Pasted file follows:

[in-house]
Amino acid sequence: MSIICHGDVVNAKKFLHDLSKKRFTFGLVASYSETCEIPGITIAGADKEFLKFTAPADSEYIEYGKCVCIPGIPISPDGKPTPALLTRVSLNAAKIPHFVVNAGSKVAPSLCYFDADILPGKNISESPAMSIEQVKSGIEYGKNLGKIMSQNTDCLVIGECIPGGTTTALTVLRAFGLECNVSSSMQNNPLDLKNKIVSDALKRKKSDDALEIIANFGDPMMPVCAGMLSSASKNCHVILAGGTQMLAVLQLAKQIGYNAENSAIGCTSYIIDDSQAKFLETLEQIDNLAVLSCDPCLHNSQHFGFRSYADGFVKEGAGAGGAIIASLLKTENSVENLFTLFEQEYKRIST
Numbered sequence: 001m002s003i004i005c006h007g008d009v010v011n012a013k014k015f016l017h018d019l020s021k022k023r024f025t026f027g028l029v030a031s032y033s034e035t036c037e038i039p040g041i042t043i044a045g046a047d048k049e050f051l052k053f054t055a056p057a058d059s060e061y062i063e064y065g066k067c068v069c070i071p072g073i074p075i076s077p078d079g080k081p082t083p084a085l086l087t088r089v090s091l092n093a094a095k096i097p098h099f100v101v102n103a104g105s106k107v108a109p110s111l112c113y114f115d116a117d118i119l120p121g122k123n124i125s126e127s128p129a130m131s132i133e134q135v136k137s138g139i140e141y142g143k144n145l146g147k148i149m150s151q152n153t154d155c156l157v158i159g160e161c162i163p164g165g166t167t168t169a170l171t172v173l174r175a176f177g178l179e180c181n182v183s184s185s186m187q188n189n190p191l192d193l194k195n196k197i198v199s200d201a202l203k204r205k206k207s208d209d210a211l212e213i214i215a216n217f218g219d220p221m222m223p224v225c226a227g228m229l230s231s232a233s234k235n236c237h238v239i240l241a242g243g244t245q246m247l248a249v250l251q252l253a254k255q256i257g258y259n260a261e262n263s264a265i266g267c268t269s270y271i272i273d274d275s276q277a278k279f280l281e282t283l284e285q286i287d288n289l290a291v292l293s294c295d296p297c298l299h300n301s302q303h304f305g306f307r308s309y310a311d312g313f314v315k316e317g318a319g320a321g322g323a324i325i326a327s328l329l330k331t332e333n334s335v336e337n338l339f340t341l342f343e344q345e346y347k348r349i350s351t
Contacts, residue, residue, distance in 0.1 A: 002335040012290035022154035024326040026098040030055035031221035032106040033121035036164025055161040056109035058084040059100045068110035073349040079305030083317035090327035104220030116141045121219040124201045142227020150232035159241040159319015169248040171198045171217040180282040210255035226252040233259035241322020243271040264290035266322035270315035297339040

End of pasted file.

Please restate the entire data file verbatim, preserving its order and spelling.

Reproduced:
[in-house]
Amino acid sequence: MSIICHGDVVNAKKFLHDLSKKRFTFGLVASYSETCEIPGITIAGADKEFLKFTAPADSEYIEYGKCVCIPGIPISPDGKPTPALLTRVSLNAAKIPHFVVNAGSKVAPSLCYFDADILPGKNISESPAMSIEQVKSGIEYGKNLGKIMSQNTDCLVIGECIPGGTTTALTVLRAFGLECNVSSSMQNNPLDLKNKIVSDALKRKKSDDALEIIANFGDPMMPVCAGMLSSASKNCHVILAGGTQMLAVLQLAKQIGYNAENSAIGCTSYIIDDSQAKFLETLEQIDNLAVLSCDPCLHNSQHFGFRSYADGFVKEGAGAGGAIIASLLKTENSVENLFTLFEQEYKRIST
Numbered sequence: 001m002s003i004i005c006h007g008d009v010v011n012a013k014k015f016l017h018d019l020s021k022k023r024f025t026f027g028l029v030a031s032y033s034e035t036c037e038i039p040g041i042t043i044a045g046a047d048k049e050f051l052k053f054t055a056p057a058d059s060e061y062i063e064y065g066k067c068v069c070i071p072g073i074p075i076s077p078d079g080k081p082t083p084a085l086l087t088r089v090s091l092n093a094a095k096i097p098h099f100v101v102n103a104g105s106k107v108a109p110s111l112c113y114f115d116a117d118i119l120p121g122k123n124i125s126e127s128p129a130m131s132i133e134q135v136k137s138g139i140e141y142g143k144n145l146g147k148i149m150s151q152n153t154d155c156l157v158i159g160e161c162i163p164g165g166t167t168t169a170l171t172v173l174r175a176f177g178l179e180c181n182v183s184s185s186m187q188n189n190p191l192d193l194k195n196k197i198v199s200d201a202l203k204r205k206k207s208d209d210a211l212e213i214i215a216n217f218g219d220p221m222m223p224v225c226a227g228m229l230s231s232a233s234k235n236c237h238v239i240l241a242g243g244t245q246m247l248a249v250l251q252l253a254k255q256i257g258y259n260a261e262n263s264a265i266g267c268t269s270y271i272i273d274d275s276q277a278k279f280l281e282t283l284e285q286i287d288n289l290a291v292l293s294c295d296p297c298l299h300n301s302q303h304f305g306f307r308s309y310a311d312g313f314v315k316e317g318a319g320a321g322g323a324i325i326a327s328l329l330k331t332e333n334s335v336e337n338l339f340t341l342f343e344q345e346y347k348r349i350s351t
Contacts, residue, residue, distance in 0.1 A: 002335040012290035022154035024326040026098040030055035031221035032106040033121035036164025055161040056109035058084040059100045068110035073349040079305030083317035090327035104220030116141045121219040124201045142227020150232035159241040159319015169248040171198045171217040180282040210255035226252040233259035241322020243271040264290035266322035270315035297339040